Professor Benjamin Honyenuga, Vice Chancellor (VC) of the Ho Technical University (HTU), has launched the 25th Anniversary celebrations of Volta Premier FM, the campus radio station of the University.
The station was established in 1995 when a group of students produced a transmitter with a 200-meter radius, and in July 1996, was formally established as the first radio station in the Volta Region.
The VC said, “what began as a small dream is impacting lives and playing a pivotal role in the media landscape in Ho and the Volta Region as a whole.”
He paid tribute to all entities of the University who helped nurture the broadcasting concept, adding that the invention of the transmitter in 1995 inspired further its TVET programming.
He said the radio station remained the competition in the Volta and Oti Regions and trained some competent professionals through student volunteering programmes.
“This is a University idea working for the good of the University and it is delivering on its mandate as a vital disseminator of information,” Prof. Honyenuga said.
The VC said the University’s management was redesigning the station, incorporating it into the public affairs unit, and standardising its accounts structure while hooking it on to it’s power network for uninterrupted supply.
He said the radio would disseminate information to farmers in the Region and appealed to the National Communication Authority to permit transmission beyond the Oti Region.
Prof. Honyenuga also hinted on ongoing arrangements with the French embassy and Radio France International to provide French language education.
Mr. Anthony Bells Kafui Kanyi, Chairman of the Volta and Oti Chapter of the Ghana Journalists Association, said the media landscape in the Region had benefited from the “many” talents produced by the radio outlet.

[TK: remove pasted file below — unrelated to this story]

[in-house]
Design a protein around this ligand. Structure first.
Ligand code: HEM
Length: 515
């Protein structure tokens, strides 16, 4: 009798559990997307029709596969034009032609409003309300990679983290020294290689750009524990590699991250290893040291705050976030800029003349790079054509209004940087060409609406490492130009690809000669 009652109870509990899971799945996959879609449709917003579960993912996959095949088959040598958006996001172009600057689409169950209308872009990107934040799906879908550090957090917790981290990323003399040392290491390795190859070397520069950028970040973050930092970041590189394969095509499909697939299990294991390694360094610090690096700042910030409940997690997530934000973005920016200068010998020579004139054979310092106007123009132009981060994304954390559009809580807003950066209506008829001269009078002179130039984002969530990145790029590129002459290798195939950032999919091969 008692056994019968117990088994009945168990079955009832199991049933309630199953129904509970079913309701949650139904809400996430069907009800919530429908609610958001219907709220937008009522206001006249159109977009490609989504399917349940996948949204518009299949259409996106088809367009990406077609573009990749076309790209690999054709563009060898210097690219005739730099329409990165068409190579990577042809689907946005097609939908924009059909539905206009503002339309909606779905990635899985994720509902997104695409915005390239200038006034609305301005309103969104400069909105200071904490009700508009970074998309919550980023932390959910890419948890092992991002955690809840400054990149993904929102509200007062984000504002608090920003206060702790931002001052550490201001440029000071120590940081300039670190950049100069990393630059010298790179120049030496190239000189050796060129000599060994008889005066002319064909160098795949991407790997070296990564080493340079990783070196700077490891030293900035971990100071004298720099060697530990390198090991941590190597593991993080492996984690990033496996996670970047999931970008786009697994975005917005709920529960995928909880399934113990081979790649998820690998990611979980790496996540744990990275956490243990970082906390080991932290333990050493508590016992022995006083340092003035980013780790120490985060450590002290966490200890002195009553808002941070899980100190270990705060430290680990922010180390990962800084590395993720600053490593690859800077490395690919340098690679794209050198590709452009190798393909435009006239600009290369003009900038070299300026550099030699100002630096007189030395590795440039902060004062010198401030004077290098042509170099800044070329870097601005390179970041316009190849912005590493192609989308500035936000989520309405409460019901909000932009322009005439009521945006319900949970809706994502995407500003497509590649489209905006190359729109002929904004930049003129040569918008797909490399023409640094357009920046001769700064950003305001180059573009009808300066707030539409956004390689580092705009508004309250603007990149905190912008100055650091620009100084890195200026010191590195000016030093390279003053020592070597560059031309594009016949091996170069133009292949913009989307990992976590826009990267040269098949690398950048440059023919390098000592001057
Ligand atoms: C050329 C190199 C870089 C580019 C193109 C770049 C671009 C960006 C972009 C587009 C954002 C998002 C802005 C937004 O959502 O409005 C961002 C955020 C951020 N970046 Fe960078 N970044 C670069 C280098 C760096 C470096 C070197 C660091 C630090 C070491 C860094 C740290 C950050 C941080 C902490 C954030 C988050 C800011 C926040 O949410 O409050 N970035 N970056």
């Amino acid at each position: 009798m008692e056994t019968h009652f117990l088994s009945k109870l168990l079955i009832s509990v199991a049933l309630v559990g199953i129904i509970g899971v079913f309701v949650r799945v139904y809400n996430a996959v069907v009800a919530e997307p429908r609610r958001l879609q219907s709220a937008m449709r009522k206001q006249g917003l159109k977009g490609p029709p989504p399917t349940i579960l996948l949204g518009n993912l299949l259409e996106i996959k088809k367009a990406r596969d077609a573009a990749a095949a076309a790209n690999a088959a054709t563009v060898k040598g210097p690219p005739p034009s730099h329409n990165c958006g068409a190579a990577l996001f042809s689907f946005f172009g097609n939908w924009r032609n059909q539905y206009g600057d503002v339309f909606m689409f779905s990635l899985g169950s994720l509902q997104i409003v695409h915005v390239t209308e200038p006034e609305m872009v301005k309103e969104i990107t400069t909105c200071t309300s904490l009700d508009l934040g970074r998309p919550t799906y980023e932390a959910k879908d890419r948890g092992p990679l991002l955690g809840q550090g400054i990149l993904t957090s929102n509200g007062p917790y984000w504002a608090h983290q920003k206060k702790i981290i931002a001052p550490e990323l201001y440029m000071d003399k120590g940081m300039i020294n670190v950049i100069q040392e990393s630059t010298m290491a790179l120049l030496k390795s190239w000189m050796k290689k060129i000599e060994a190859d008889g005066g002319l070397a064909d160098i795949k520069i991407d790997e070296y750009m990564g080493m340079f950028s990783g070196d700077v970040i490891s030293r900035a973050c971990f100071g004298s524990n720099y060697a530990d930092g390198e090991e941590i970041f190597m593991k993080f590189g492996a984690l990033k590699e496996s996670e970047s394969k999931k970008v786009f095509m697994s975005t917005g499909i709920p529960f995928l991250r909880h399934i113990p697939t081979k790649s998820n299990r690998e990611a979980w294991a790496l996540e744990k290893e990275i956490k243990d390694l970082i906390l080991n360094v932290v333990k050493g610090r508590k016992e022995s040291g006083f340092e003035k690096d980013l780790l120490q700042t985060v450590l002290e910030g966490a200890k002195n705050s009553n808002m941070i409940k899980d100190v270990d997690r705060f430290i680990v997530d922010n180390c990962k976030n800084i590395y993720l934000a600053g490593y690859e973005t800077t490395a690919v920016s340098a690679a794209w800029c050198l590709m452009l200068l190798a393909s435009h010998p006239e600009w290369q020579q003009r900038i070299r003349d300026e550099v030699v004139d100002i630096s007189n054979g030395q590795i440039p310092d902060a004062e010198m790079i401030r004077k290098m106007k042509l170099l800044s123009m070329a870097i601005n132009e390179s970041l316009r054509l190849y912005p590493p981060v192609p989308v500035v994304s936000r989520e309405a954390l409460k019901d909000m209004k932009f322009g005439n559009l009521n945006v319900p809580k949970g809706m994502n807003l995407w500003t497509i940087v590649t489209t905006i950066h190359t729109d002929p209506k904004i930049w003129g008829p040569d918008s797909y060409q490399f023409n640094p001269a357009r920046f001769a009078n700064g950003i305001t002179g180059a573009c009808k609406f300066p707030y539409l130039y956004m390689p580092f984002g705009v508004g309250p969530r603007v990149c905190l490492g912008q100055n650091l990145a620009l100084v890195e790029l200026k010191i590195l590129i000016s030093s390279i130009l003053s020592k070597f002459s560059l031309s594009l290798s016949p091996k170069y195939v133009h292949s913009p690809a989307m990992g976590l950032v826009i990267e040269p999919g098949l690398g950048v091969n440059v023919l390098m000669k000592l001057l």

He said the station maintained high standards of professionalism both on and off the field and had become a “household radio”, which kept the Region alive.
Mr Kanyi urged the station’s management to keep the achievements in pace and appealed to the academic management of the HTU to consider a programme in media communication, preferably in technical communication.
Esther Naa Ajele Sowah, Manager of the radio station, described the pioneers as “daring”, and said the support of the various managerial boards of the University helped the station deliver upon its mandate as the main broadcaster.
The anniversary celebration is on the theme “Campus Radio: A Learning Resource In Higher Education In Ghana”, is being marked by a series of activities including the hosting of radio programmes by employees and board members which would provide free airtime for clients, blood donations, a food bazaar, and a grand durbar.
Present at the launch were major stakeholders, including Chiefs of the Asogli State, political leaders, and Dr. Sidick Ahmed, Chairman of the Campus Broadcasters Association.
Dr. Ahmed, who was the special guest of honour, said funding remained a major challenge for campus radios despite being the pioneers of private owned broadcasting and breaking the monopoly of State broadcasters.
He said campus radios remained a “panoramic education resource”, and called on stakeholders, including government, to work together to provide the needed support for transformation, which he said could be considered within the current digitization agenda.
“A recognition of this reality and an effective collaboration between government, institutions of higher learning and other stakeholders could stimulate the transformation needed for the development of the country’s human resource in this regard.
“I believe this could be a separate project in the current digitization programme led by the Vice President Dr. Alhaji Mahamoud Bawumia,” Dr. Sidick stated.
Professor Kwamina Kwansah-Aidoo, Rector of the Ghana Institute of Journalism, said the Institute would consider collaboration with the HTU on developing campus broadcasters.